Monday, July 27, 2015

A Really Simple Explanation of Why Sugar is Bad for You

At Institute for Integrative Nutrition I learned the theory of bio-individuality. The concept of bio-individuality is that each person has unique food and lifestyle needs. One person’s food is another person’s poison.

You are super special and unique. Reaching your ideal weight and enjoying sustained energy demands paying attention to and honoring the needs of your body instead of following a fad diet or random list of rules.

That said, there's one thing that's pretty bad for everybody across the board: sugar. Sorry. I'm sure this isn't a surprise but lemme explain further. It's easier to accept that way.
When you eat sugary things like candy and snacks or savory things made with refined or simple carbs (white potatoes, white pasta, white rice, white bread), your body breaks it down into something it can understand and use- glucose, a source for energy.

Your pancreas responds to glucose by creating insulin. Insulin moves the glucose into cells to be used as fuel. Good job, insulin!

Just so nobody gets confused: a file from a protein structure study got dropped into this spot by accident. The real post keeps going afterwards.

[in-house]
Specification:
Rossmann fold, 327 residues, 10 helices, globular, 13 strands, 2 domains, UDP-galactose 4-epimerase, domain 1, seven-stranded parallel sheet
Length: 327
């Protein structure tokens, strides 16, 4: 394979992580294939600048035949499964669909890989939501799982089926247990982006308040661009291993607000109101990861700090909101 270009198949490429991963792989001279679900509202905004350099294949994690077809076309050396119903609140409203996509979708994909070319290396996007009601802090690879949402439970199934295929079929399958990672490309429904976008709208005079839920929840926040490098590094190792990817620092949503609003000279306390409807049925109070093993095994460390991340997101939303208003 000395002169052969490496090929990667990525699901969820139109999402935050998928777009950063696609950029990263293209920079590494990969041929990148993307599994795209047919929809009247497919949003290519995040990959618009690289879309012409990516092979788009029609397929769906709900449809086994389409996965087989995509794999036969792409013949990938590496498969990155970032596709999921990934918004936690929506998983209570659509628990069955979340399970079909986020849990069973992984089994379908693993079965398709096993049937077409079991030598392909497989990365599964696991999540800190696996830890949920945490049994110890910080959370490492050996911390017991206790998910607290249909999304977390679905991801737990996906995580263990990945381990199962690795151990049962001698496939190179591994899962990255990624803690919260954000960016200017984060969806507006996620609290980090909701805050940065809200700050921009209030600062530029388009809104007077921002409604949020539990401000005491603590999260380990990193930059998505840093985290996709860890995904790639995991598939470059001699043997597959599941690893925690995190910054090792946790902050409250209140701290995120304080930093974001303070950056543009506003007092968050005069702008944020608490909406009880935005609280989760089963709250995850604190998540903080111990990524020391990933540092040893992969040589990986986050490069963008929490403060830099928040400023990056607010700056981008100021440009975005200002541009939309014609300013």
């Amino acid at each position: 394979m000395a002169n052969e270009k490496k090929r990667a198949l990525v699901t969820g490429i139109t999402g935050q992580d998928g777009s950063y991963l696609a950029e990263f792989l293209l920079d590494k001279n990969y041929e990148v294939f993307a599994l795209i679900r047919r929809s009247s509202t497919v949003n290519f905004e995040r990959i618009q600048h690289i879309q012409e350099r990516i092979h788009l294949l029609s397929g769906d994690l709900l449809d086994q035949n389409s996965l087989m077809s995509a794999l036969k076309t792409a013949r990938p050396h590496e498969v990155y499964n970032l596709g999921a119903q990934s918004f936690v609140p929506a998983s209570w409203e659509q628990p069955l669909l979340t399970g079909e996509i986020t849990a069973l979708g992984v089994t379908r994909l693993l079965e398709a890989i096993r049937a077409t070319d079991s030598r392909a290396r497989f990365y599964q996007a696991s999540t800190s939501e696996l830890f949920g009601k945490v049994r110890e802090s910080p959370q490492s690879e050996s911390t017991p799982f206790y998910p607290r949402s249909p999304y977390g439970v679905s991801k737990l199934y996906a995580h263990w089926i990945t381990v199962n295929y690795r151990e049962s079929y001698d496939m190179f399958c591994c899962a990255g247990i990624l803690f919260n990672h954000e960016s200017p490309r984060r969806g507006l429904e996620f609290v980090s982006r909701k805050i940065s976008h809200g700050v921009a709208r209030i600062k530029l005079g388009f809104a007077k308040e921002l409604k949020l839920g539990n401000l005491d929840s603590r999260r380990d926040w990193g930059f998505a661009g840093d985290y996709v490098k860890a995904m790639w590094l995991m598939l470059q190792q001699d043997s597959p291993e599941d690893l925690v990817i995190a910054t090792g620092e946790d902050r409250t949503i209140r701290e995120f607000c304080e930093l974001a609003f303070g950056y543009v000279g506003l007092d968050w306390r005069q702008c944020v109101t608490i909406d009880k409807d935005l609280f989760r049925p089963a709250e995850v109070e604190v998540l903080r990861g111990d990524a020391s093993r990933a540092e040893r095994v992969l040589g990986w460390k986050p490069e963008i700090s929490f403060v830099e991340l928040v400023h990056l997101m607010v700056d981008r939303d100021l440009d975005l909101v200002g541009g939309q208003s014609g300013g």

The downside is if you've crammed a cupcake into your face, you've got way more glucose than your cells need. The insulin then just turns the extra glucose into fat so you can use it later.

Fat is your body's way of carrying around a doggie bag. Unfortunately (or fortunately, depending on how you look at it) you'll probably never have an emergency where you need those leftovers.

If you're like most people in America, you get more than enough to eat, including lots of glucosey goodness. I can't blame you. Most of what is available for us to eat is high in sugar but low in nutrients, so of course you are hungry and eating a lot.

When you eat lots of sugar, your body must continually produce enough insulin to deal with the glucose you assault it with. Over time, this can exhaust your poor pancreas. Even worse, your body may become insulin resistant which means the sugar isn't getting out of your blood stream. Insulin resistance can make it hard to burn fat. It can also lead to obesity, diabetes, and many more dangerous health problems.

How much sugar do you eat in a week? How does sugar make you feel? Keep a food diary for a few days to see. Also attend my next Beat Sugar Cravings webinar. 

Subscribe to my newsletter to stay tuned of that and other upcoming events, as well as get awesome resources for ditching diets and becoming naturally hot, confident, and joyful.

Olivia Lane Lovejoy is a Blogger, Green Living Educator, and Health Coach trained at The Institute for Integrative Nutrition

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